When we teach children to be emotionally literate we are teaching them to problem solve so that they never find themselves in the position of ‘not knowing what to do when they don’t know what to do!’
When in this situation people often freeze, they may run away from the situation, avoid thinking about the problem or perhaps behave badly in order to create a distraction from the real issue, which is, that they don’t know what to do. Most importantly and understandably they don’t want to look foolish and become a figure of fun. Children are no different.
People panic and children panic! For this reason, it is helpful if we teach children as early as possible to self-soothe. That is, to use their THINKING and acknowledge their FEELING of panic. Panic is fear and we can only be frightened of things that we don’t understand or have no knowledge of. So the task that the child needs to undertake is to gather information about the fearful situation.
Once the feeling is named, the child can start to think about what needs to be done to stop the fear. With reference to the diagram at the top of the page, the double headed arrow between FEELING and THINKING indicates that once children are starting to feel comfortable with the process of emotional literacy they move between the two positions. They do this until they are certain that they have named their feeling accurately.
Another skill the child needs to acquire at this time is recognising the body sensation that accompanies their feeling. The reason being, that this skill becomes the early warning system for the child in the future. As an example, they may feel ‘goose bumps’ when they are frightened, but if they’re not cold, then they can in time come to understand that there body is telling them something. Sometimes, feelings we have are outside of our awareness and we don’t recognise them until we are in the middle of, say, a panic attack so the early warning system is extremely important to help us avoid unnecessary stress.
You may wonder why learning to recognise and name facial expressions isn’t sufficient to give children the skills they need. Indeed, reading facial expressions is part of human communication but if someone is smiling broadly at a child while encouraging them to do something they don’t want to do how will the child protect themselves? If they aren’t clear about their own feelings, can’t understand quite what’s happening and don’t know how to get help then they are extremely vulnerable.
There are others who hide behind a ‘public face’ and can’t form close relationships or ask for help when they need it. These are just two examples of how emotional illiteracy presents and as responsible adults we wouldn’t want either of the above for our children. We need them to be able to build healthy relationships and learn how to keep themselves safe and that’s what emotional literacy gives them.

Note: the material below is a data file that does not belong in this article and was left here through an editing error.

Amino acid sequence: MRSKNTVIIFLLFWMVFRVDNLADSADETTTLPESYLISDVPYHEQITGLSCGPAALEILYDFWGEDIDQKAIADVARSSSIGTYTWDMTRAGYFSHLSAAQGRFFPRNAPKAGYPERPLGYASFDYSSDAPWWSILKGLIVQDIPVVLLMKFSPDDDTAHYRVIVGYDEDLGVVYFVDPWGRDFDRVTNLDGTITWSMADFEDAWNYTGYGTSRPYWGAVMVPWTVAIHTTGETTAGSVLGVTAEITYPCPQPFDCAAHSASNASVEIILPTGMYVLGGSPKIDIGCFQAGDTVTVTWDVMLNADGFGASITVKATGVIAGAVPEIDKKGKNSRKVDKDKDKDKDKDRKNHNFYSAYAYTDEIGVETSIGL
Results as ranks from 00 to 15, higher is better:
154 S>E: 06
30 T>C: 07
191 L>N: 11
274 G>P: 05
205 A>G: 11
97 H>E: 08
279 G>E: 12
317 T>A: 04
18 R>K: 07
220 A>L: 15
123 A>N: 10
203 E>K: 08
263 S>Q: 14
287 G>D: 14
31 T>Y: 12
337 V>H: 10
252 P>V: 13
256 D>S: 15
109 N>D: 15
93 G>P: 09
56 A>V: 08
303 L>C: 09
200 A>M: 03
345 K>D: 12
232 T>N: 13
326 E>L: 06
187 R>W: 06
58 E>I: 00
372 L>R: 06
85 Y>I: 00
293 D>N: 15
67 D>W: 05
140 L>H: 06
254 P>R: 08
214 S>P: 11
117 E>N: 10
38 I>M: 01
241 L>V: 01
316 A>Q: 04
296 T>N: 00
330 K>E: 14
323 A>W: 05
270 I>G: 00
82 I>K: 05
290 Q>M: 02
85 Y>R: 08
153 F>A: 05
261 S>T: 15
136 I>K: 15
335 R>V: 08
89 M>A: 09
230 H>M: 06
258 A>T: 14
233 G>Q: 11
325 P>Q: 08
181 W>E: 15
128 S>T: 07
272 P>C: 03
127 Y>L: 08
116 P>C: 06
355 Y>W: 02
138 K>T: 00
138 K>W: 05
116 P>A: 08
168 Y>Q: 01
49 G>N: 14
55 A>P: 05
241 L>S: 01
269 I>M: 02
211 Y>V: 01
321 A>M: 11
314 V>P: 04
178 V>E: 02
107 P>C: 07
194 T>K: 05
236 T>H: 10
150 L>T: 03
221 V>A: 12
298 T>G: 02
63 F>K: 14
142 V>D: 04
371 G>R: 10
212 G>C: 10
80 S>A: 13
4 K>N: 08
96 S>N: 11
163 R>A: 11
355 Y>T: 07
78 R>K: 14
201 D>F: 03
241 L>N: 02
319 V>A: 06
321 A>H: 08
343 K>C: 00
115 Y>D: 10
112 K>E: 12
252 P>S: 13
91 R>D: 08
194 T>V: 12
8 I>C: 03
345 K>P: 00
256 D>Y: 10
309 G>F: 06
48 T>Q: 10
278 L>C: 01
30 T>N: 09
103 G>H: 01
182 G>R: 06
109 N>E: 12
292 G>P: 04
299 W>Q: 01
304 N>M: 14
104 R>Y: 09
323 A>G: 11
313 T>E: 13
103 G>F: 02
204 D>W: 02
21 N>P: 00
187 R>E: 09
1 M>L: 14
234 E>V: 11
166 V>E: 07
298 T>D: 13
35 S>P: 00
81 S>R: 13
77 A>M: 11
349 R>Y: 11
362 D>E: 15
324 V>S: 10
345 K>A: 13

When the emotional literacy process is in motion the child will start to feel grounded and more confident and as a result will be able, initially with support, to start problem solving in a variety of situations. They can learn to organise the information they have in order to pin down what they don’t know. For instance, they may have pen, pencils and paper and can read or have an adult read the given information and question to them. They can then start to think about what further information they need to answer the question and how they can acquire it.
For any problem solving the child needs a starting point, a way to get them from A to B. A plan could be useful, a time line might help and enlisting the help of another child or adult could be even better.
The last option can be troublesome if the child isn’t confident about how to approach others with a request so I have ‘rehearsals’ with my pupils. We consider the vocabulary that we might use; who would be the best person for the job and who would the child feel most comfortable working with. During this type of work I have an Emotional Literacy Floor Sheet in the room so that the child can check out its feeling and thinking as we work.
Emotional literacy can be introduced to children as early as age three by inviting them to concern themselves with the wellbeing of their favourite toy. For example, I may ask a little one how their teddy bear feels today, and young as they are, they will know some ‘feeling’ words. They may tell me that the bear feels sad, angry or frightened so I ask what the bear would need to help them feel better.
Emotional literacy is a major part of early development and we fail badly when we don’t ensure that the process is in place for every child. Through emotional literacy children become autonomous and are then able to make considered decisions about how they live their lives. There are children who, through no fault of their own, seem not to know what they want to do so finally follow what others do or find themselves in a position of doing what others wish them to do. How can they thrive in such situations?
I am aware that an investment of time is needed to teach children how to organise themselves and their thinking and also to recognise and name their feelings and body sensations. But it is an investment worth making for the wealth of benefits it will bring. Not only will academic standards rise but the impact on children’s mental health will be enormous.
Once we are emotionally literate we have a ‘toolkit’ for life. It is as important as learning to speak and read and as responsible adults we need to ensure that every child has the toolkit.